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Crit Rev Toxicol. 2007 Mar;37(3):251-77.

Grey goo on the skin? Nanotechnology, cosmetic and sunscreen safety.

Author information

1
L'Oréal Research and Development, Worldwide Safety Department, Asnières, France. gnohynec@rd.loreal.com

Abstract

Many modern cosmetic or sunscreen products contain nano-sized components. Nanoemulsions are transparent and have unique tactile and texture properties; nanocapsule, nanosome, noisome, or liposome formulations contain small vesicles (range: 50 to 5000 nm) consisting of traditional cosmetic materials that protect light-or oxygen-sensitive cosmetic ingredients. Transdermal delivery and cosmetic research suggests that vesicle materials may penetrate the stratum corneum (SC) of the human skin, but not into living skin. Depending on the physical/chemical properties of the ingredient and the formulation, nano-sized formulations may enhance or reduce skin penetration, albeit at a limited rate. Modern sunscreens contain insoluble titanium dioxide (TiO(2)) or zinc oxide (ZnO) nanoparticles (NP), which are colorless and reflect/scatter ultraviolet (UV) more efficiently than larger particles. Most available theoretical and experimental evidence suggests that insoluble NP do not penetrate into or through normal as well as compromised human skin. Oral and topical toxicity data suggest that TiO(2) and ZnO NP have low systemic toxicity and are well tolerated on the skin. In vitro cytotoxicity, genotoxicity, and photogenotoxicity studies on TiO(2) or other insoluble NP reporting uptake by cells, oxidative cell damage, or genotoxicity should be interpreted with caution, since such toxicities may be secondary to phagocytosis of mammalian cells exposed to high concentrations of insoluble particles. Caution needs to be exercised concerning topical exposure to other NP that either have characteristics enabling some skin penetration and/or have inherently toxic constituents. Studies on wear debris particles from surgical implants and other toxicity studies on insoluble particles support the traditional toxicology view that the hazard of small particles is mainly defined by the intrinsic toxicity of particles, as distinct from their particle size. There is little evidence supporting the principle that smaller particles have greater effects on the skin or other tissues or produce novel toxicities relative to micro-sized materials. Overall, the current weight of evidence suggests that nano-materials such as nano-sized vesicles or TiO(2) and ZnO nanoparticles currently used in cosmetic preparations or sunscreens pose no risk to human skin or human health, although other NP may have properties that warrant safety evaluation on a case-by-case basis before human use.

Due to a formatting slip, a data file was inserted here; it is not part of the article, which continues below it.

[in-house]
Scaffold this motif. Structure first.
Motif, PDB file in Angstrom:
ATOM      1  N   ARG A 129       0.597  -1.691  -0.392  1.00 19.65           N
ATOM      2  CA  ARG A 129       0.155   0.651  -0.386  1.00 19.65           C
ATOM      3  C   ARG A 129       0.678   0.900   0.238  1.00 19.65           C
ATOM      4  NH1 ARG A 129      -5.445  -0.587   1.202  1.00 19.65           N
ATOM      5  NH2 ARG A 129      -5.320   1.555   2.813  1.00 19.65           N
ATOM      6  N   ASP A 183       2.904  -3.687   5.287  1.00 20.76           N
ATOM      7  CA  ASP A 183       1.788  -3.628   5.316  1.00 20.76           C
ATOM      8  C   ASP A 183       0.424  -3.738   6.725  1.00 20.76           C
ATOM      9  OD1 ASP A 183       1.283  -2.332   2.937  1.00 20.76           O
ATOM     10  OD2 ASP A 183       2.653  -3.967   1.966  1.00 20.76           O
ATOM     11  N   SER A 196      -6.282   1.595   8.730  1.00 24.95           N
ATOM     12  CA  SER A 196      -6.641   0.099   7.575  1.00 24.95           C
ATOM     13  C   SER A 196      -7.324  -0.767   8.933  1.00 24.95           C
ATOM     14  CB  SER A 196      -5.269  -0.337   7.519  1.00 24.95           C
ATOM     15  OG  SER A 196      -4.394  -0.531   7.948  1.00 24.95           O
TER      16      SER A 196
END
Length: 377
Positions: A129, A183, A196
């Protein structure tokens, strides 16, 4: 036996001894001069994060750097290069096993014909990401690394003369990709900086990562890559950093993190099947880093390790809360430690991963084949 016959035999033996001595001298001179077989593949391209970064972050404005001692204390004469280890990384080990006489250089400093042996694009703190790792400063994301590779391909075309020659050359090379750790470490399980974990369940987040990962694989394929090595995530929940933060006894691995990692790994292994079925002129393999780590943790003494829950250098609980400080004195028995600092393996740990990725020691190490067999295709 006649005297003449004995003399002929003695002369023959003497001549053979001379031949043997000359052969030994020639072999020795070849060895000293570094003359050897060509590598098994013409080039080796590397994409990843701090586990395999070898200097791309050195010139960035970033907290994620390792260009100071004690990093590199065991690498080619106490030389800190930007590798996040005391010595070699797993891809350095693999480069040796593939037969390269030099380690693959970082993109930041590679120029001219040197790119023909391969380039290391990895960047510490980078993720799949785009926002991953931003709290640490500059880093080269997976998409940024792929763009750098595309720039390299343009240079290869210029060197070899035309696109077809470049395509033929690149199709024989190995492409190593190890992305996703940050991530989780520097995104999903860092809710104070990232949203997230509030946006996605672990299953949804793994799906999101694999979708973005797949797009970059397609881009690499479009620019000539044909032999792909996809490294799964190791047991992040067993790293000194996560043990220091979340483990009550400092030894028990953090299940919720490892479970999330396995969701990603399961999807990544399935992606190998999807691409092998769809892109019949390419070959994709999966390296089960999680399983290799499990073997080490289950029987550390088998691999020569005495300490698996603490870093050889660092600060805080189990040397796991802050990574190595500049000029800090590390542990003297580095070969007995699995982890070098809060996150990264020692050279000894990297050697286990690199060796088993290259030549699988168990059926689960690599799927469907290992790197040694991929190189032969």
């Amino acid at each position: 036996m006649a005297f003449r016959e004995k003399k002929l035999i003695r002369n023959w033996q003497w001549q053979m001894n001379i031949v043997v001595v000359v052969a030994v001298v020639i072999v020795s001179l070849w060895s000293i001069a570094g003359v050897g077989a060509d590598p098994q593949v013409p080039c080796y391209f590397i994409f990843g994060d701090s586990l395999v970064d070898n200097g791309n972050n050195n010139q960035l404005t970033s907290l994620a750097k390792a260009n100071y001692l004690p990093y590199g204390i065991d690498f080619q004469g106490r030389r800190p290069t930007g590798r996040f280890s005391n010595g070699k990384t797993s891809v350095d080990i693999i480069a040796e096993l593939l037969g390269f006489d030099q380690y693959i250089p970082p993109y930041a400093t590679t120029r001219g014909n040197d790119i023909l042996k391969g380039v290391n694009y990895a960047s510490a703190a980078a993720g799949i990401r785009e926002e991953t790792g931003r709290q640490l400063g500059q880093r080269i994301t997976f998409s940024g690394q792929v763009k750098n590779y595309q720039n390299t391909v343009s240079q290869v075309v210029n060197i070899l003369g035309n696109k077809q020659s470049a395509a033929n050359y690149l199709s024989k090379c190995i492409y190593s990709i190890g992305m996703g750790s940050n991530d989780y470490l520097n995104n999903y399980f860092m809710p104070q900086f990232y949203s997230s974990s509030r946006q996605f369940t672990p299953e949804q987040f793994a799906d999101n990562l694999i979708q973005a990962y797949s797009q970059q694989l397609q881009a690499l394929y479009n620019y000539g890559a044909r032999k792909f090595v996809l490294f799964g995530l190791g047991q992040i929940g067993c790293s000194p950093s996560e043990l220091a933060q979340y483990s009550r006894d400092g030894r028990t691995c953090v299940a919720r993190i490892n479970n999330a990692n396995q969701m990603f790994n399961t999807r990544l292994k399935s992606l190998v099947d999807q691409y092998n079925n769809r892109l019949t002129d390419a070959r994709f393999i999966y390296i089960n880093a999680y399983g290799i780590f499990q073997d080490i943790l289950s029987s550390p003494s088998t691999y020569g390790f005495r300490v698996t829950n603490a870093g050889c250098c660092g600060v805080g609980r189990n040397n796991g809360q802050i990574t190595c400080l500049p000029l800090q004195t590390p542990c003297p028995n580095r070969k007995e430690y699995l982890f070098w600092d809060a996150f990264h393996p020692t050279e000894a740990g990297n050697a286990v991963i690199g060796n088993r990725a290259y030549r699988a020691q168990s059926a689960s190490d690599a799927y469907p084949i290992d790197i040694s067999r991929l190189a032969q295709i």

PMID:
17453934
DOI:
10.1080/10408440601177780
[Indexed for MEDLINE]

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